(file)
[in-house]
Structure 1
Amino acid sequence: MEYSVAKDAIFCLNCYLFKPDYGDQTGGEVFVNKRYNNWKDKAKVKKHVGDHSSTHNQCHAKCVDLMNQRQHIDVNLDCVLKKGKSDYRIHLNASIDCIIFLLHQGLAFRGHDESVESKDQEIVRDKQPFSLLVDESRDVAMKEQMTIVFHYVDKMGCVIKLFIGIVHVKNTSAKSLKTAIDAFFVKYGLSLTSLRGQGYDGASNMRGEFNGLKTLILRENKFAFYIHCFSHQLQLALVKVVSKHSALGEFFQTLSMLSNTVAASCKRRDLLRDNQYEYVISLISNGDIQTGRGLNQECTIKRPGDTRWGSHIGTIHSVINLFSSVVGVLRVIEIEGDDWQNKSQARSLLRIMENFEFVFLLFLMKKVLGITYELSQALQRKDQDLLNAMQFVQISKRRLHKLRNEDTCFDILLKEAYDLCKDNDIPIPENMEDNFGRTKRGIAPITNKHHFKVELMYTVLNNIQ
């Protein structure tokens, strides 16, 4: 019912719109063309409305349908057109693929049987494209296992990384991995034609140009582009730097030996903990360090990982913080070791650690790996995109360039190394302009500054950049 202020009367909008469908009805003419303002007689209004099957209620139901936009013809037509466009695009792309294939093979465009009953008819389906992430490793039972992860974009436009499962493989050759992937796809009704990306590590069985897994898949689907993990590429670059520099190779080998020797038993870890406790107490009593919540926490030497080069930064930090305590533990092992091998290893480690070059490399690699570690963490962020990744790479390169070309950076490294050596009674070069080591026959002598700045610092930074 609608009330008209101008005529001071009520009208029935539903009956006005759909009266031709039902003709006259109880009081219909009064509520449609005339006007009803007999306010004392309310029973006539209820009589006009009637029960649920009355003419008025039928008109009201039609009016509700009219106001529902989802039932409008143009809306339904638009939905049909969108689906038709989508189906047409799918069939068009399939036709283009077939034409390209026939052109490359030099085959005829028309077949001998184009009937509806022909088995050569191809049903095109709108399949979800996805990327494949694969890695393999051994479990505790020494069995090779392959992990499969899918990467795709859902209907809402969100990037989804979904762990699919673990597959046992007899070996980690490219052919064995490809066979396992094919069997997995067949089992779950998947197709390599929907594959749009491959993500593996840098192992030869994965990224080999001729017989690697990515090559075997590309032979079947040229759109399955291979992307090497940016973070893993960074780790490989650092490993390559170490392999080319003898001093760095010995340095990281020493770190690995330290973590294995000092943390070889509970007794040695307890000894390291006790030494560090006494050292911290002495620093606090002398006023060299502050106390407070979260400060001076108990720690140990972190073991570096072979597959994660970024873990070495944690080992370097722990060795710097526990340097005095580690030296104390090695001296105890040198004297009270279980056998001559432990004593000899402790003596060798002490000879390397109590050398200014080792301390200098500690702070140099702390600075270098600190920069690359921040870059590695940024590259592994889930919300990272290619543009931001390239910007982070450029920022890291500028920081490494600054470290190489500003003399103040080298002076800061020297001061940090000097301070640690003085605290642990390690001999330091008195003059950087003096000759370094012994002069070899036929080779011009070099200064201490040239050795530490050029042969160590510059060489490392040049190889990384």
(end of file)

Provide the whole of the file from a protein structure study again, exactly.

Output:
[in-house]
Structure 1
Amino acid sequence: MEYSVAKDAIFCLNCYLFKPDYGDQTGGEVFVNKRYNNWKDKAKVKKHVGDHSSTHNQCHAKCVDLMNQRQHIDVNLDCVLKKGKSDYRIHLNASIDCIIFLLHQGLAFRGHDESVESKDQEIVRDKQPFSLLVDESRDVAMKEQMTIVFHYVDKMGCVIKLFIGIVHVKNTSAKSLKTAIDAFFVKYGLSLTSLRGQGYDGASNMRGEFNGLKTLILRENKFAFYIHCFSHQLQLALVKVVSKHSALGEFFQTLSMLSNTVAASCKRRDLLRDNQYEYVISLISNGDIQTGRGLNQECTIKRPGDTRWGSHIGTIHSVINLFSSVVGVLRVIEIEGDDWQNKSQARSLLRIMENFEFVFLLFLMKKVLGITYELSQALQRKDQDLLNAMQFVQISKRRLHKLRNEDTCFDILLKEAYDLCKDNDIPIPENMEDNFGRTKRGIAPITNKHHFKVELMYTVLNNIQ
């Protein structure tokens, strides 16, 4: 019912719109063309409305349908057109693929049987494209296992990384991995034609140009582009730097030996903990360090990982913080070791650690790996995109360039190394302009500054950049 202020009367909008469908009805003419303002007689209004099957209620139901936009013809037509466009695009792309294939093979465009009953008819389906992430490793039972992860974009436009499962493989050759992937796809009704990306590590069985897994898949689907993990590429670059520099190779080998020797038993870890406790107490009593919540926490030497080069930064930090305590533990092992091998290893480690070059490399690699570690963490962020990744790479390169070309950076490294050596009674070069080591026959002598700045610092930074 609608009330008209101008005529001071009520009208029935539903009956006005759909009266031709039902003709006259109880009081219909009064509520449609005339006007009803007999306010004392309310029973006539209820009589006009009637029960649920009355003419008025039928008109009201039609009016509700009219106001529902989802039932409008143009809306339904638009939905049909969108689906038709989508189906047409799918069939068009399939036709283009077939034409390209026939052109490359030099085959005829028309077949001998184009009937509806022909088995050569191809049903095109709108399949979800996805990327494949694969890695393999051994479990505790020494069995090779392959992990499969899918990467795709859902209907809402969100990037989804979904762990699919673990597959046992007899070996980690490219052919064995490809066979396992094919069997997995067949089992779950998947197709390599929907594959749009491959993500593996840098192992030869994965990224080999001729017989690697990515090559075997590309032979079947040229759109399955291979992307090497940016973070893993960074780790490989650092490993390559170490392999080319003898001093760095010995340095990281020493770190690995330290973590294995000092943390070889509970007794040695307890000894390291006790030494560090006494050292911290002495620093606090002398006023060299502050106390407070979260400060001076108990720690140990972190073991570096072979597959994660970024873990070495944690080992370097722990060795710097526990340097005095580690030296104390090695001296105890040198004297009270279980056998001559432990004593000899402790003596060798002490000879390397109590050398200014080792301390200098500690702070140099702390600075270098600190920069690359921040870059590695940024590259592994889930919300990272290619543009931001390239910007982070450029920022890291500028920081490494600054470290190489500003003399103040080298002076800061020297001061940090000097301070640690003085605290642990390690001999330091008195003059950087003096000759370094012994002069070899036929080779011009070099200064201490040239050795530490050029042969160590510059060489490392040049190889990384």